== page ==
The Importance of Vision
In a previous post, Constructing a Commitment Preaching Series, I discussed the creation of a commitment preaching series based on Ephesians 4 and 5. In this post I discuss a way of preaching for a financial commitment within that series. I must stress that I say ‘a’ way. I don’t mean ‘the’ way as I am sure there are many ways someone could preach faithfully on the text. These are just some ideas from how I might attempt it.
This sermon is third in the series and I provisionally called it a Transformed Thief, perhaps not the best title but it fitted with the rest of the series. John Stott in his commentary God’s New Society spoke of this text as From Burglar to Benefactor.
The key verse is:
Anyone who has been stealing must steal no longer, but must work, doing something useful with their own hands, that they may have something to share with those in need. Eph 4:28
First, while I generally believe in the importance of context, I wouldn’t spend too much time on context in this message. The reason is that this message is nested within a series of six messages on living out the Christian life in the light of our standing in Christ. This context should form part of the series and referred to visually by putting off and putting on a set of clothes each week to emphasize the new standards of the kingdom. I do not feel an extended discussion of the context is necessary here.
Second, it is a good discipline to preach on a text. I love preaching on passages but I can bog down in too many details when I have a lengthy passage with extended content.
Third, this verse is an old time preacher’s delight. It breaks up very neatly into three points; Stop stealing, Do useful work, Share your earnings. The text does not have to be massaged, distorted or manipulated to divide into three heads. However, as this is a commitment series, the point to keep in mind is that aim of the entire series is to ask the congregation to make a financial commitment to the ministry and the vision of the church. Thus while it may be quite correct in another context to spend equal time on each of the three sections , here I would use the first two headings as stepping stones to the third point which would be the major point of this message.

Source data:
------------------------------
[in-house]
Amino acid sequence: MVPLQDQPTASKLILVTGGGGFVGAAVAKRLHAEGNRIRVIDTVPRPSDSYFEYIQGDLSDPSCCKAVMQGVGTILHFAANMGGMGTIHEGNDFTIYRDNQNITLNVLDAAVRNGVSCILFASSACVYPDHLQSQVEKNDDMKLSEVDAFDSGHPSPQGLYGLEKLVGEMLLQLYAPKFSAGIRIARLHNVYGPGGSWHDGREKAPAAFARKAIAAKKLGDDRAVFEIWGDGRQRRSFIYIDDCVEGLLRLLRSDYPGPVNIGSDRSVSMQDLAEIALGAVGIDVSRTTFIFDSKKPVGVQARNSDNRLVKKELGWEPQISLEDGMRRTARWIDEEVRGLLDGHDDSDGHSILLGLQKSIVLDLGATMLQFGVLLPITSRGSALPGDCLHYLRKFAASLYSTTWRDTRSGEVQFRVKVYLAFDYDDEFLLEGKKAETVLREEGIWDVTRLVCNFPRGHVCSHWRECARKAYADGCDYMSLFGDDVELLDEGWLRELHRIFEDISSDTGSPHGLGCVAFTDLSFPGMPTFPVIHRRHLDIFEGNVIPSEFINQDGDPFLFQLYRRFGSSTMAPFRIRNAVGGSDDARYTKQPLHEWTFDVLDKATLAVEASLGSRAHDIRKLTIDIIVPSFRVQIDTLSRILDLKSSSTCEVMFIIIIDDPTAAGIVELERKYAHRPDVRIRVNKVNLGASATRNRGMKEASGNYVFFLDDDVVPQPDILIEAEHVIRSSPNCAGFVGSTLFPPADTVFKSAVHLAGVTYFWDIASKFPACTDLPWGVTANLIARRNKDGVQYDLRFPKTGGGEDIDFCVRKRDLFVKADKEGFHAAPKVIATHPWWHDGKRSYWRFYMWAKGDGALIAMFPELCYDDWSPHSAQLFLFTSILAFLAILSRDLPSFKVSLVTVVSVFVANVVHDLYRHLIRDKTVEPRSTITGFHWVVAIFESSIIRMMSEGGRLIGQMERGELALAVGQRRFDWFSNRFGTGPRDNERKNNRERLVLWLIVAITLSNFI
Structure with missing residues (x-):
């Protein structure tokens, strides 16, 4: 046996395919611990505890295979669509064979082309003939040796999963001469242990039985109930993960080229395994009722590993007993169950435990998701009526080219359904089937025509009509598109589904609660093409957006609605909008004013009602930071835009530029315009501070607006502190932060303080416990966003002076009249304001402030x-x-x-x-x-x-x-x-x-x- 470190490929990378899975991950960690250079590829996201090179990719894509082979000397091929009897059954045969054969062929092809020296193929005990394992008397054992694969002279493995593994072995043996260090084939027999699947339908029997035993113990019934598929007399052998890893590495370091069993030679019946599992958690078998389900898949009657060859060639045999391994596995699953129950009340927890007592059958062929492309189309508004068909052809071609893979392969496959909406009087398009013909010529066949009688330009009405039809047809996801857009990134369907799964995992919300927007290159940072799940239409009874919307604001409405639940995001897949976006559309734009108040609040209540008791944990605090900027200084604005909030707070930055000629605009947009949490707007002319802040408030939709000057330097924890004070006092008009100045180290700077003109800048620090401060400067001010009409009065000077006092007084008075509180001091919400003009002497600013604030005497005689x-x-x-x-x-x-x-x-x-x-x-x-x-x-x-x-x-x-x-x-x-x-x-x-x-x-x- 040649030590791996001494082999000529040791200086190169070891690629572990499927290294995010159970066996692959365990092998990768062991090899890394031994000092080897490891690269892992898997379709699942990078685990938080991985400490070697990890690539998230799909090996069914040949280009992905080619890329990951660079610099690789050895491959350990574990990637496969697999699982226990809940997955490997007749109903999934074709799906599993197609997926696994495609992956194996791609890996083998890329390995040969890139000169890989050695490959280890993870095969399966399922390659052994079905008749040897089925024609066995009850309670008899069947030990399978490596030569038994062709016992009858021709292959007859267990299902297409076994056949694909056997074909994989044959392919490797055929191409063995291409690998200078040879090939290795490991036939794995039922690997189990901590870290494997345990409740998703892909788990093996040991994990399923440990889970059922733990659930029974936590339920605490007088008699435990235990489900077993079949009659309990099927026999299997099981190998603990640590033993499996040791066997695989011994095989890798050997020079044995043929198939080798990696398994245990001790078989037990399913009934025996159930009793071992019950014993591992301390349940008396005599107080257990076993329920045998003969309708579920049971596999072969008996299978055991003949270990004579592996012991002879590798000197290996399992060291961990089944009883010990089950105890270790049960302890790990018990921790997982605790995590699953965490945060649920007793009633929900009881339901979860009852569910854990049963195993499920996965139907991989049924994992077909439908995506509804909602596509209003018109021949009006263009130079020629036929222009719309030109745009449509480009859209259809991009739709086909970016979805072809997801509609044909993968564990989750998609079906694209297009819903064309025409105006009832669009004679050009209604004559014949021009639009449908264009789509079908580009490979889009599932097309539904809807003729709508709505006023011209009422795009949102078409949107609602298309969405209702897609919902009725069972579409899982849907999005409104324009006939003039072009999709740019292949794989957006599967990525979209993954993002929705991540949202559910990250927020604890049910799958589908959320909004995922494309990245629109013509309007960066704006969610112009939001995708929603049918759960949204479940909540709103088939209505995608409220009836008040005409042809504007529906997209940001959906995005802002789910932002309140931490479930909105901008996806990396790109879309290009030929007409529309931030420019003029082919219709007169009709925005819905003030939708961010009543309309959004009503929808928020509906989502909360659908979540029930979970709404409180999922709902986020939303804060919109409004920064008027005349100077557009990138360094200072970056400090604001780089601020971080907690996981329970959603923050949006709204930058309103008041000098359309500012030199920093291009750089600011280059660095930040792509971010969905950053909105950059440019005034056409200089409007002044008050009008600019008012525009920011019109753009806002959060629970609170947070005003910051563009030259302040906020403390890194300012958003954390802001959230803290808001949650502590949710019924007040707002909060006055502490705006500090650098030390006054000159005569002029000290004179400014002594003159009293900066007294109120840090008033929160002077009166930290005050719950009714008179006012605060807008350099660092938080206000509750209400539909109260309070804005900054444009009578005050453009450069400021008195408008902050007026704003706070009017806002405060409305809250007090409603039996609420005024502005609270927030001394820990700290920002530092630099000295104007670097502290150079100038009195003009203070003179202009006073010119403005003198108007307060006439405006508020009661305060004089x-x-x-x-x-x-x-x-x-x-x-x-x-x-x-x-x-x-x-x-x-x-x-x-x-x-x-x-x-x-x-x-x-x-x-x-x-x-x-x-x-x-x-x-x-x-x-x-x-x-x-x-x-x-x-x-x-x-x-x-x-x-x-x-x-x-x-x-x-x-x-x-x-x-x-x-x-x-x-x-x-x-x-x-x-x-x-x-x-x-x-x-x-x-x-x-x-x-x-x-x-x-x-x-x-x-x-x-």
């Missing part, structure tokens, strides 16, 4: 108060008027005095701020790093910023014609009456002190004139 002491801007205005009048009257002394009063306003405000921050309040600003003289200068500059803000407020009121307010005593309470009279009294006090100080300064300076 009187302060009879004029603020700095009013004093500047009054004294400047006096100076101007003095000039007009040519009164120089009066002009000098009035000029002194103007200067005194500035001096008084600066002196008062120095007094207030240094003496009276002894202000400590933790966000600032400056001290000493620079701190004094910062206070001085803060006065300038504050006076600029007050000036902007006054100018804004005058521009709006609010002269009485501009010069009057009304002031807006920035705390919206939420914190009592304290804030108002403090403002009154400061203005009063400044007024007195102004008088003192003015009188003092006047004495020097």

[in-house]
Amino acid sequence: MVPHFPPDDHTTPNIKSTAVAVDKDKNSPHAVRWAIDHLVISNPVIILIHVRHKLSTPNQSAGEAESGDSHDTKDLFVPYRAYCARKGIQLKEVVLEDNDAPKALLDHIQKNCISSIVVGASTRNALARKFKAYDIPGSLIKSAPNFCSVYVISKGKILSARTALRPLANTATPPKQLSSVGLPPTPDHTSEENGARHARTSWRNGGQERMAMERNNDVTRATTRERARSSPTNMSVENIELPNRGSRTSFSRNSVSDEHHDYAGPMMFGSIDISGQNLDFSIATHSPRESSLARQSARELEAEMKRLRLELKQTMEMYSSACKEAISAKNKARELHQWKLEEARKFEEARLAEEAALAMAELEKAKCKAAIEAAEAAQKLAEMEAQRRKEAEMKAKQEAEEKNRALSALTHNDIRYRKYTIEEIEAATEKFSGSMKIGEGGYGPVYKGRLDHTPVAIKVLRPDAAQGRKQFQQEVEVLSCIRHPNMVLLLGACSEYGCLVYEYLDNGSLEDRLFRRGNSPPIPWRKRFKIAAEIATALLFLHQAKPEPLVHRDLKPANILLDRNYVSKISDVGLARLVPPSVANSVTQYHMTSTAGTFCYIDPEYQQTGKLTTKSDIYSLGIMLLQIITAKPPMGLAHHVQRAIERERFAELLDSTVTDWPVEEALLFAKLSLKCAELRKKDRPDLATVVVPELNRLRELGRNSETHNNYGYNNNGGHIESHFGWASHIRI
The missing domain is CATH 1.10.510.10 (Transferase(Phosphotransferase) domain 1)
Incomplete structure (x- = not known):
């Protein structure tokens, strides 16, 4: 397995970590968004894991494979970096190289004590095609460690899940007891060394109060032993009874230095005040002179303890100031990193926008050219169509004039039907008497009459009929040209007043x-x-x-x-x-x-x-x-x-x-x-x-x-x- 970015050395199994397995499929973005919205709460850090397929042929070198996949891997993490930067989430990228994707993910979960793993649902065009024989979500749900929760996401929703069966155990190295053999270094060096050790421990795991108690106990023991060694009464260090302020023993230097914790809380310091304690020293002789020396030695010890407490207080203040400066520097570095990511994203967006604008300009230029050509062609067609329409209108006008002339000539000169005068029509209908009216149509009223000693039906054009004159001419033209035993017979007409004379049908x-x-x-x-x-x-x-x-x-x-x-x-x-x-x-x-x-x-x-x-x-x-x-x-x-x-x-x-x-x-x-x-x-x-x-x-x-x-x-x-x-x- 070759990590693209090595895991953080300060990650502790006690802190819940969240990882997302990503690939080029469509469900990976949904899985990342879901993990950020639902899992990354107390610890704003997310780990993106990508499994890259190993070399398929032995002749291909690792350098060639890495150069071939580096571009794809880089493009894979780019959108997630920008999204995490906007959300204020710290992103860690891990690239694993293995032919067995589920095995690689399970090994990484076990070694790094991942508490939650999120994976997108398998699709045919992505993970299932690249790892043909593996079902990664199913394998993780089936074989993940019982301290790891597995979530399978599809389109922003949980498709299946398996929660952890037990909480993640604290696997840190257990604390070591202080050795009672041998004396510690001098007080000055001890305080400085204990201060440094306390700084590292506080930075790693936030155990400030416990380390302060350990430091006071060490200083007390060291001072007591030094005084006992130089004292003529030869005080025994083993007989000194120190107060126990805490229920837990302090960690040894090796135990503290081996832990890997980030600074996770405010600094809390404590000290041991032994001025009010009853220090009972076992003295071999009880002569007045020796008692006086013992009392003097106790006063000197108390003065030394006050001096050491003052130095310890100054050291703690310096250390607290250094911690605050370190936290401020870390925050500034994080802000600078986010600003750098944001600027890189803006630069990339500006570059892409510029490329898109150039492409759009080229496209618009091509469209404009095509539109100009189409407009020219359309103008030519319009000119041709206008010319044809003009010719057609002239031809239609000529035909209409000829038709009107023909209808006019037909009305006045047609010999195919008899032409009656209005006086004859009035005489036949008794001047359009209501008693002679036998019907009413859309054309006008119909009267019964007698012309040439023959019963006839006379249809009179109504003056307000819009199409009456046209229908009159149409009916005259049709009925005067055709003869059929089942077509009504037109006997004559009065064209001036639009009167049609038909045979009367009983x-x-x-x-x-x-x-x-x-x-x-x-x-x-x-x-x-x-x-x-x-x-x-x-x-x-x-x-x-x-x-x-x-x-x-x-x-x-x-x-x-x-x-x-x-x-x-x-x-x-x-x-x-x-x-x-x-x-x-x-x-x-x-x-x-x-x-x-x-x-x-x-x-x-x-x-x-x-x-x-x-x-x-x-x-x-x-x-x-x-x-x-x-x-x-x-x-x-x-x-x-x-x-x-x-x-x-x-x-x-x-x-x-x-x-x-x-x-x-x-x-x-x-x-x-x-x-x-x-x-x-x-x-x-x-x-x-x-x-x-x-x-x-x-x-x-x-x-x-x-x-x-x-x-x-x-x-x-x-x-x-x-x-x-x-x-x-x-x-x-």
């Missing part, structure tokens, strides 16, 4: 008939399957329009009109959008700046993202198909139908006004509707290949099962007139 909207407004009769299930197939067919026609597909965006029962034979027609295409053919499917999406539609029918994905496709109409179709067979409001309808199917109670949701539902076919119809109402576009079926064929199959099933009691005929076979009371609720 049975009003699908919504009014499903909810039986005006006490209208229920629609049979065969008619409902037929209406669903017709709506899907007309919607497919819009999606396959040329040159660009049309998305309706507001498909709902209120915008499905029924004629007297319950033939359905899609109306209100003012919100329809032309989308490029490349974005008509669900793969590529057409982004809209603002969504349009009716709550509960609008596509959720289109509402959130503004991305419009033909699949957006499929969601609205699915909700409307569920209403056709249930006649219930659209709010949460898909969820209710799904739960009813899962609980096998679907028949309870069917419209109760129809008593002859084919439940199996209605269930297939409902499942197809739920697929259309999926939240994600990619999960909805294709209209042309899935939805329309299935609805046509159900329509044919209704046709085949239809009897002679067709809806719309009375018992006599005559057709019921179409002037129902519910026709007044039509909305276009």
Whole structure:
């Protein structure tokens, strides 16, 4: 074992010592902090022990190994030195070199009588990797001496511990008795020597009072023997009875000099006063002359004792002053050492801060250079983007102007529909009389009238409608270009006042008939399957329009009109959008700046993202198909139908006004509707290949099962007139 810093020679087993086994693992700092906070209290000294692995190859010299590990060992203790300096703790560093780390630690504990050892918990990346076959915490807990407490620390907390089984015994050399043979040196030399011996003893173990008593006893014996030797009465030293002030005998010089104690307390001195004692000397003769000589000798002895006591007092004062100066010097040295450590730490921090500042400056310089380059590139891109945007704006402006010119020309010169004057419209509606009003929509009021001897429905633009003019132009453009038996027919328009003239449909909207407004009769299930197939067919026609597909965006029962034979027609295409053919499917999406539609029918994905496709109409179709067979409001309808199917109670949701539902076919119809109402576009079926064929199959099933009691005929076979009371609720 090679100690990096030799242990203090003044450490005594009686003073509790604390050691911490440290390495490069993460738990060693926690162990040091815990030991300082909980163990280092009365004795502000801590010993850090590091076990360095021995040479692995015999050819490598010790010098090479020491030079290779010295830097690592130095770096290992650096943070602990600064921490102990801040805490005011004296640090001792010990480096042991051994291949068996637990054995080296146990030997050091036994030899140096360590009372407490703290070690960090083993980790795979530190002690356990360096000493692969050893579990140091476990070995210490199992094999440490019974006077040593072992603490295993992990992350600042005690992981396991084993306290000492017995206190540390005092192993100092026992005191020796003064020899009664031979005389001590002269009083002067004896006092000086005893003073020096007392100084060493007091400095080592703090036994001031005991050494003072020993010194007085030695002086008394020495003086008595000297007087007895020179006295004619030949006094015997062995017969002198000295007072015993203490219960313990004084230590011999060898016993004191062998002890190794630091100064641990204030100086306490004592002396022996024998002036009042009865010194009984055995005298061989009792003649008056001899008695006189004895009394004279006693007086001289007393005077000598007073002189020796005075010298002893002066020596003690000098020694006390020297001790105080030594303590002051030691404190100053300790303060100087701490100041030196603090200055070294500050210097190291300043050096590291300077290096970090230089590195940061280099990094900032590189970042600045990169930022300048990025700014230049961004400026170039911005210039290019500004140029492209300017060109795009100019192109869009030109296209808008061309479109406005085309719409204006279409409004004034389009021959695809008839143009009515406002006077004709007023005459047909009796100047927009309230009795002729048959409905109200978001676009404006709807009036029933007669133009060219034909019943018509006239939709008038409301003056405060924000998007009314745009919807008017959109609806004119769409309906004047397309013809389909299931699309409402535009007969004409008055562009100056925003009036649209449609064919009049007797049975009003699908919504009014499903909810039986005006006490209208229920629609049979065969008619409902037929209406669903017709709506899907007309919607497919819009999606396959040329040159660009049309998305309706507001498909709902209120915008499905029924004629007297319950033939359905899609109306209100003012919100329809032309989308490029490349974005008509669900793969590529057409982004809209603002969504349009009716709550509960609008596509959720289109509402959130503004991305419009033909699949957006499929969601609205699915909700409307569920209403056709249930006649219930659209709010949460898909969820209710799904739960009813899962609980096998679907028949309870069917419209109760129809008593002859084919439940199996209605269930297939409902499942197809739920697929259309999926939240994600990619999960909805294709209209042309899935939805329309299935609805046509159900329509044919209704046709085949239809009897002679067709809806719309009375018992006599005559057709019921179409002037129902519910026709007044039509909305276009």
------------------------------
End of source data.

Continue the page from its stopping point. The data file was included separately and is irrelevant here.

Fourth, I was particularly struck, when I read this passage for the first time by how much my mind was conditioned by my secular environment. I mused that if I had been writing the text I might easily have written the first two parts,
Don’t steal and work usefully, but I probably would have concluded with something like; ‘so you will be able to provide for your own family.’
But St Paul doesn’t do that. He concludes, ‘that they may have something to share with those in need’. He is putting sharing or generosity front and centre as an integral part of the new life required as a committed follower of Jesus.
Fifth, I love visual aids as so many of our congregation process information visually. So I would try to put a set of three stairs on the platform where the lowest stair is labelled STOP STEALING and the second , WORK USEFULLY both leading to the third stair which is GIVE GENEROUSLY.
Sixth, the message would continue by giving the vision of the church and highlighting the gospel
projects and ministry advances that the church was hoping to step into in the coming year. As the particular recipients of generosity in the text are the needy, it is always proper to include a Mercy project in the church’s ministry goals.
Seventh, I would then reiterate that I am asking the congregation to sign the commitment cards and contribute to one of a number of special projects and ask them to return their cards on Commitment Day on week 6
Finally, points 6 and 7 above need to be explored and applied and so I would spend at least half my time here.
For an illustration of a great and fruitful message on this verse listen to the audio preached my friend Ron Irving, senior Minister of St Matthews West Pennant Hills, Imagine a church of Radical Generosity . For more on preaching on Commitment Series see my book, Giving Generously.
Related Post: The Use of Money